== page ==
Generally, there are two possible pathways for HMFEOR [48,49]. In the first step, the aldehyde group of HMF is oxidized to yield 5-hydroxymethyl-2-furancarboxylic acid (HMFCA), or the hydroxyl group of HMF is oxidized to yield 2,5-diformylfuran (DFF) (Figure 4a). Subsequently, two intermediates (HMFCA and DFF) are further oxidized to 5-formyl-2-furancarboxylic acid (FFCA) and finally to FDCA. The polarization curves of CoO–Co@C/CF towards various biomass (HMF, HMFCA, DFF, FFCA, or FDCA) oxidation are depicted in Figure S10. By comparison, the catalytic ability of CoO–Co@C/CF towards HMF and intermediates (HMFCA, DFF, and FFCA) is superior to that towards FDCA. In order to identify the reaction pathway of HMFEOR, the chronoamperometry experiments were carried out at a constant potential of 1.37 V vs. RHE and the content of reactants/products was quantified by the standard curves determined by the high-performance liquid chromatography measurements (HPLC) (Figures S11–S15). Theoretically, owing to the complex six-electron transfer, a charge of 58 C is required to convert the HMF (10 mM, 10 mL) into FDCA completely, which can be implemented by applying a potential of 1.37 V vs. RHE for 2.4 h (Figure 4b). The superficial evidence from the color change of the electrolyte suggests the conversion from HMF to FDCA (Figure S16). As shown in Figure 4c, the HPLC signals of HMF and FDCA display a diametrically opposite trend with the prolonging of the reaction time, demonstrating the gradual conversion from HMF to FDCA. When the charge reaches 58 C, the HPLC signal of HMF disappears, while that of FDCA increases to the maximum. It is worth noting that there is no response of DFF in HPLC, illustrating that the implementation of HMFEOR on CoO–Co@C/CF goes through HMF → HMFCA → FFCA→ FDCA. According to the standard curves, the concentration changes of HMF, DFF, HMFCA, FFCA, and FDCA during the electrolysis are depicted in Figure 4d. CoO–Co@C/CF delivers an excellent catalytic activity with the HMF conversion of 100%, FDCA yield of 99.4%, and FE of 99.4%. Different potentials (from 1.34 V to 1.52 V) were applied to HMF conversion with the constant charge of 58 C. With the increase in applied potentials, the time required for HMF oxidation is significantly reduced (Figure 4e and Figure S17). Furthermore, when the applied potential increases to 1.52 V vs. RHE, the decline in HMF conversion, FDCA yield, and FE is obvious and some bubbles were produced on the surface of working electrode, which indicates that part of the charges have been used for water oxidation. The electrolysis cycles (at a constant potential of 1.37 V vs. RHE) are continuously operated to investigate the stability and durability of CoO–Co@C/CF. During the multiple cycle tests, a nearly constant HMF conversion (100%), FDCA yield (99.4%), and FE (99.4%) can be achieved, manifesting the potential of CoO–Co@C/CF in practical applications (Figure 4g). CoO–Co@C/CF delivers a prominent ability of catalyzing HMFEOR, especially in the selectivity and FE, which ranks among the best Co-based catalysts reported so far (Table S2).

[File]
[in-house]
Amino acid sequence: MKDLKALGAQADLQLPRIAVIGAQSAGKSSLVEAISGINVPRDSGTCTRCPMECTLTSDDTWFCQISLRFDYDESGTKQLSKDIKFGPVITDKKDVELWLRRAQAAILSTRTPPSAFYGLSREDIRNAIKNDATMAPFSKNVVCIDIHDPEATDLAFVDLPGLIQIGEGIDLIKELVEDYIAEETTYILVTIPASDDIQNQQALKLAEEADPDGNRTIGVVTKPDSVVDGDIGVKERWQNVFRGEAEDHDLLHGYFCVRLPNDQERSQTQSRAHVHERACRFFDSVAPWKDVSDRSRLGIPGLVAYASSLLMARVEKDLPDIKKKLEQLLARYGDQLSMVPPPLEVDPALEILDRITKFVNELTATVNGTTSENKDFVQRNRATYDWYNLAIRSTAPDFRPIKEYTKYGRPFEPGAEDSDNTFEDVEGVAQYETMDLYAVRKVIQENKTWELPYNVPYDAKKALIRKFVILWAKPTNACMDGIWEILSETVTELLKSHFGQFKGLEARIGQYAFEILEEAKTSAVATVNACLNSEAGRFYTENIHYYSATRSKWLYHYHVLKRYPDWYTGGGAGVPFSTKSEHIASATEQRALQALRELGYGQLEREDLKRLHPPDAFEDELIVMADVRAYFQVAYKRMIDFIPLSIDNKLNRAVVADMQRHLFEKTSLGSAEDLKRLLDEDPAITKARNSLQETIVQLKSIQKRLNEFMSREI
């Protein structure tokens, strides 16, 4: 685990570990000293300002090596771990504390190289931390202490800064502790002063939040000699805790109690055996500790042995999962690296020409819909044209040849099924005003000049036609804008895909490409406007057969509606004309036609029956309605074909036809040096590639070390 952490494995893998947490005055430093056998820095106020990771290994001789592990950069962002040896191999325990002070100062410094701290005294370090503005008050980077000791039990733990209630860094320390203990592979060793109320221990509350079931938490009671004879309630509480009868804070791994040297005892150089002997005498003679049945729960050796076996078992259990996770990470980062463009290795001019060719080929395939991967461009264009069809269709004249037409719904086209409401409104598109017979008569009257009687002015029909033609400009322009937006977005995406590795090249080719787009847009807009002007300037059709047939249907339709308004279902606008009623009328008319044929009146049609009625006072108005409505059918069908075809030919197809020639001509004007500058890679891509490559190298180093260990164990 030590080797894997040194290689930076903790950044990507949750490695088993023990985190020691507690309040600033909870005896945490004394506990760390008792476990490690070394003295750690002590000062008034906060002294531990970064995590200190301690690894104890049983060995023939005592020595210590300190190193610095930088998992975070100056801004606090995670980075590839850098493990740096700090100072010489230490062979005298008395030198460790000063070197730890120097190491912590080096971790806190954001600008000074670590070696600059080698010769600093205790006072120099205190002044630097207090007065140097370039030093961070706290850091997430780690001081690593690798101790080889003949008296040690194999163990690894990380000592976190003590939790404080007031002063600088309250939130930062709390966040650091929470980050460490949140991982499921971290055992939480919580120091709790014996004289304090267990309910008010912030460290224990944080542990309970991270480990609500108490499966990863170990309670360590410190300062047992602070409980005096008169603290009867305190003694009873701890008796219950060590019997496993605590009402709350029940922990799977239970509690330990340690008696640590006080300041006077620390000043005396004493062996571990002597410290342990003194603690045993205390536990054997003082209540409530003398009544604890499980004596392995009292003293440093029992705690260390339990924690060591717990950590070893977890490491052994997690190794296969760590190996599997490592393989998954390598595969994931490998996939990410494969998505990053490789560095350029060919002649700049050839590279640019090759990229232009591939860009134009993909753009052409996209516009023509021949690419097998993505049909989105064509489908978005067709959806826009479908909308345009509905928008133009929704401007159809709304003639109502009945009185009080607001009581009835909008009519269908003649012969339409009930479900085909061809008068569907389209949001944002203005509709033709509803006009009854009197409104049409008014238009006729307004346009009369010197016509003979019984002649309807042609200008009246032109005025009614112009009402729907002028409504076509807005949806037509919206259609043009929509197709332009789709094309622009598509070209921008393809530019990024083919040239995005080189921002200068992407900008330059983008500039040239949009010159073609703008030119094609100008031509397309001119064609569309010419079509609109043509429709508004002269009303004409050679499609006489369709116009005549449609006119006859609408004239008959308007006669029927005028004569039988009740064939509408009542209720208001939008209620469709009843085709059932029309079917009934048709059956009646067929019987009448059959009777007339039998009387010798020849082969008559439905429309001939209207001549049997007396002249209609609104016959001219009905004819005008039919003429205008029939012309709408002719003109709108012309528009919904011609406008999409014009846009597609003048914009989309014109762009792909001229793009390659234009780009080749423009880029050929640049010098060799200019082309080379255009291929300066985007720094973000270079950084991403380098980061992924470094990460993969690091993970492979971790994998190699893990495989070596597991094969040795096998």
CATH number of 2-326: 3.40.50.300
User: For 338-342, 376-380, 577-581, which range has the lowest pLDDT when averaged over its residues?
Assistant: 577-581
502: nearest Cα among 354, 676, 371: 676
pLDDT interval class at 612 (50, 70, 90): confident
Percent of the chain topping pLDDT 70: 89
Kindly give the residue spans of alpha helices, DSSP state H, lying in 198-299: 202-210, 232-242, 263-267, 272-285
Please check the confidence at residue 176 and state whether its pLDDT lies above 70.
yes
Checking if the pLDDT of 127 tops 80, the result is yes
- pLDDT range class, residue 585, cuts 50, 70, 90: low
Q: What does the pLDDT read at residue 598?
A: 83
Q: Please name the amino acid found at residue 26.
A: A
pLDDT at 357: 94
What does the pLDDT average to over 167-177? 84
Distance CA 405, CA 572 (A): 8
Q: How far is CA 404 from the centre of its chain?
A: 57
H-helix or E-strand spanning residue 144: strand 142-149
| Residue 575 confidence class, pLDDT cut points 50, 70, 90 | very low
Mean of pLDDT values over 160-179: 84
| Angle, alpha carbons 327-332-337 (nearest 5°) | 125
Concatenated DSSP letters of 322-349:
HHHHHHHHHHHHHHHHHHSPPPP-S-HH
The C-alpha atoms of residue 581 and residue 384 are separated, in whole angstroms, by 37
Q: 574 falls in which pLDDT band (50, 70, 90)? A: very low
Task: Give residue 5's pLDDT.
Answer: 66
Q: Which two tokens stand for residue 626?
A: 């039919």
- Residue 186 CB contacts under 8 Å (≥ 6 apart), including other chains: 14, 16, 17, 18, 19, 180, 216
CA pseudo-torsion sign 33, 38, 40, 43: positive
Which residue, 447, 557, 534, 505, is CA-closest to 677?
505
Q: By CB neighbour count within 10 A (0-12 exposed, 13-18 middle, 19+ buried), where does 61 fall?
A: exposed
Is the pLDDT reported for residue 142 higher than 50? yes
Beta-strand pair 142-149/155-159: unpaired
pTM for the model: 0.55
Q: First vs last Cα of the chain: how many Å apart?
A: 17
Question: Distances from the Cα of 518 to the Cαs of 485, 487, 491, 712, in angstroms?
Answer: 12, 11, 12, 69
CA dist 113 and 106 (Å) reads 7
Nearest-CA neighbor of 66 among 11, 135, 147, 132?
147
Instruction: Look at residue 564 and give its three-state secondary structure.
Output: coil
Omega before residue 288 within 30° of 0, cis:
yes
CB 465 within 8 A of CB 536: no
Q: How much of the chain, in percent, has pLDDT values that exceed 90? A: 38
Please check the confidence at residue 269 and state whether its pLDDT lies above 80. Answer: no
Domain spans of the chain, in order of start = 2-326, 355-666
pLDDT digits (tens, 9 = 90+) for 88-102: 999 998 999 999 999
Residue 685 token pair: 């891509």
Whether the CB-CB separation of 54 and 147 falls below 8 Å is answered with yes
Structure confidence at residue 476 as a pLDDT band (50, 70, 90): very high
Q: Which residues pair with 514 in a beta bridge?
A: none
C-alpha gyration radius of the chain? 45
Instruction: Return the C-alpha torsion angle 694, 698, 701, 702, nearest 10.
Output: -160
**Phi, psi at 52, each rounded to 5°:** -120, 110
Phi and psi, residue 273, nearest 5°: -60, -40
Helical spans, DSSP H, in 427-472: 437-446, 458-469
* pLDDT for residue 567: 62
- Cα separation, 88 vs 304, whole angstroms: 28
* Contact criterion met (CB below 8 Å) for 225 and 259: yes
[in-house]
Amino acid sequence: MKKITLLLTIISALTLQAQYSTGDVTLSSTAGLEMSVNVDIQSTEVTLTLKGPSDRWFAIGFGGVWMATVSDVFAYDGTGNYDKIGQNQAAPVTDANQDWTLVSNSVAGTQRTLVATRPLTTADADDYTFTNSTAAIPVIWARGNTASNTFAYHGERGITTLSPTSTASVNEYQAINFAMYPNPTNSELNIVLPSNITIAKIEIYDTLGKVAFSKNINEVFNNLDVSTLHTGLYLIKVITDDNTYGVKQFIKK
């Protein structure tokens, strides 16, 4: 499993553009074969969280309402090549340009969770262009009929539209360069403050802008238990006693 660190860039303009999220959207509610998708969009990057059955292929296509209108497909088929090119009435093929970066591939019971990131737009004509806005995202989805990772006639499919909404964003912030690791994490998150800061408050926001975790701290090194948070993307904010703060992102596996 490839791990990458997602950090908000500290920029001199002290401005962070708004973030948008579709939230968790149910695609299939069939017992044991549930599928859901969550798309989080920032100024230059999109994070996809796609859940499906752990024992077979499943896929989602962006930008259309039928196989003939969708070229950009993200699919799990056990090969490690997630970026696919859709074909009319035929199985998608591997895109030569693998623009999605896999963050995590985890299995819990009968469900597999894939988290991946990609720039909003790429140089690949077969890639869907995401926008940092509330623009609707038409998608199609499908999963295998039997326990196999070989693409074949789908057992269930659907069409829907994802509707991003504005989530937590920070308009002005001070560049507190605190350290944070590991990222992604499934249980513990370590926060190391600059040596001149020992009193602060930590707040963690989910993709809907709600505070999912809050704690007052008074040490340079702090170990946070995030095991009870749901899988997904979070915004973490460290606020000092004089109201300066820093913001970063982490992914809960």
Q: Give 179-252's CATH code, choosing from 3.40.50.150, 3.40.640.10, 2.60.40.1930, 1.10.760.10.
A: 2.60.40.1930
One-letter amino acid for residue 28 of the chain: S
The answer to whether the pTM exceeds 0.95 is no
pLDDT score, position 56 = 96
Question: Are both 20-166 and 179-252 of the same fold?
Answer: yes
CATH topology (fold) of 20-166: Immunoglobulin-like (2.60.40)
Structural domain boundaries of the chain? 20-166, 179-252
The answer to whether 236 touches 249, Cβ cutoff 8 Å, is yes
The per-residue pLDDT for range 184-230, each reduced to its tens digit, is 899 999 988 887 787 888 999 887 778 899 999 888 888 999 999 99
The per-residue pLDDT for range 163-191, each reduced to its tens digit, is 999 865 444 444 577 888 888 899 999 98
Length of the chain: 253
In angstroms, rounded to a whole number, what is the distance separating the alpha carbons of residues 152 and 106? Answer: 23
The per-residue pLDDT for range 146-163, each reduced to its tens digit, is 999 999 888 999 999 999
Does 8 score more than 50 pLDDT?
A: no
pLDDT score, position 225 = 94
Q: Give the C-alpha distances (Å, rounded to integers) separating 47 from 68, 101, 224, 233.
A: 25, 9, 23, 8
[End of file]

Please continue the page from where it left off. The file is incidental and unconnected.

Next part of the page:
2.3. Electrochemical Activity of CoO–Co@C/CF towards HER

The electrocatalytic HER tests of all samples were also conducted in the alkaline electrolyte. CoO–Co@C/CF displays a satisfactory HER activity with an onset potential of 19 mV and the low overpotentials (η) of 69 mV and 207 mV to reach 10 mA·cm−2 and 100 mA·cm−2, which is only higher than that of Pt-C/CF, but much lower than that of Co@C/CF (η10 = 100 mV and η100 = 296 mV) and CoO@C/CF (η10 = 189 mV and η100 = 327 mV) (Figure 5a and Table S3). Meanwhile, the HER performance of CoO–Co@C/CF is also better than the other pre-catalysts (Co(OH)F/CF, CoO/CF, and CoO@ZIF/CF) (Figure S18). Such catalytic activity of CoO–Co@C/CF ranks first among Co-based HER catalysts (Table S3).